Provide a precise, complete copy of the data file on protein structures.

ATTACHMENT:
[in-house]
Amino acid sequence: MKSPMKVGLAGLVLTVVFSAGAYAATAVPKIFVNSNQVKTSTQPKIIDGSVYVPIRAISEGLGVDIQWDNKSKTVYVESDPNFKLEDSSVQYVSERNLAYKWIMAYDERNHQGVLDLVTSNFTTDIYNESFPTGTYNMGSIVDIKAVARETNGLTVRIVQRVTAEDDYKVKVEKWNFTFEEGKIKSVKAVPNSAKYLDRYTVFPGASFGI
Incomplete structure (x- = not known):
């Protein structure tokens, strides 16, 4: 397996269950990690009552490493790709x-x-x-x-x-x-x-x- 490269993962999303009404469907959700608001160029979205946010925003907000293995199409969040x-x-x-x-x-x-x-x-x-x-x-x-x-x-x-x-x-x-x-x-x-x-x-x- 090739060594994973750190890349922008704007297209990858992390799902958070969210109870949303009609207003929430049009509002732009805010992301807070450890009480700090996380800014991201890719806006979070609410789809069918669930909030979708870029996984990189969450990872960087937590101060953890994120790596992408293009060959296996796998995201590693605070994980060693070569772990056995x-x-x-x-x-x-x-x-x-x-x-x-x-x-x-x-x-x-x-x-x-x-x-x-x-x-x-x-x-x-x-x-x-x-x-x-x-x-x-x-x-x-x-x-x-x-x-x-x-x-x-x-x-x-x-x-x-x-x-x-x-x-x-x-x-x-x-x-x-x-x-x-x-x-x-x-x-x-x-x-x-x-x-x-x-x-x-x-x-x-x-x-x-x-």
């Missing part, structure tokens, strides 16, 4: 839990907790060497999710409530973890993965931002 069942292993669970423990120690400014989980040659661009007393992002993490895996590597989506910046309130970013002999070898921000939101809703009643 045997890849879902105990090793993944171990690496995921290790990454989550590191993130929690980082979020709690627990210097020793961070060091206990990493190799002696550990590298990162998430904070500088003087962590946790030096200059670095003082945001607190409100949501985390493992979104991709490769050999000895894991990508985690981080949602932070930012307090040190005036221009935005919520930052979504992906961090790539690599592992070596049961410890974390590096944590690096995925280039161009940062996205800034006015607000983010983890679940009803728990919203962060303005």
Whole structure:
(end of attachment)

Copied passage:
[in-house]
Amino acid sequence: MKSPMKVGLAGLVLTVVFSAGAYAATAVPKIFVNSNQVKTSTQPKIIDGSVYVPIRAISEGLGVDIQWDNKSKTVYVESDPNFKLEDSSVQYVSERNLAYKWIMAYDERNHQGVLDLVTSNFTTDIYNESFPTGTYNMGSIVDIKAVARETNGLTVRIVQRVTAEDDYKVKVEKWNFTFEEGKIKSVKAVPNSAKYLDRYTVFPGASFGI
Incomplete structure (x- = not known):
């Protein structure tokens, strides 16, 4: 397996269950990690009552490493790709x-x-x-x-x-x-x-x- 490269993962999303009404469907959700608001160029979205946010925003907000293995199409969040x-x-x-x-x-x-x-x-x-x-x-x-x-x-x-x-x-x-x-x-x-x-x-x- 090739060594994973750190890349922008704007297209990858992390799902958070969210109870949303009609207003929430049009509002732009805010992301807070450890009480700090996380800014991201890719806006979070609410789809069918669930909030979708870029996984990189969450990872960087937590101060953890994120790596992408293009060959296996796998995201590693605070994980060693070569772990056995x-x-x-x-x-x-x-x-x-x-x-x-x-x-x-x-x-x-x-x-x-x-x-x-x-x-x-x-x-x-x-x-x-x-x-x-x-x-x-x-x-x-x-x-x-x-x-x-x-x-x-x-x-x-x-x-x-x-x-x-x-x-x-x-x-x-x-x-x-x-x-x-x-x-x-x-x-x-x-x-x-x-x-x-x-x-x-x-x-x-x-x-x-x-």
């Missing part, structure tokens, strides 16, 4: 839990907790060497999710409530973890993965931002 069942292993669970423990120690400014989980040659661009007393992002993490895996590597989506910046309130970013002999070898921000939101809703009643 045997890849879902105990090793993944171990690496995921290790990454989550590191993130929690980082979020709690627990210097020793961070060091206990990493190799002696550990590298990162998430904070500088003087962590946790030096200059670095003082945001607190409100949501985390493992979104991709490769050999000895894991990508985690981080949602932070930012307090040190005036221009935005919520930052979504992906961090790539690599592992070596049961410890974390590096944590690096995925280039161009940062996205800034006015607000983010983890679940009803728990919203962060303005």
Whole structure: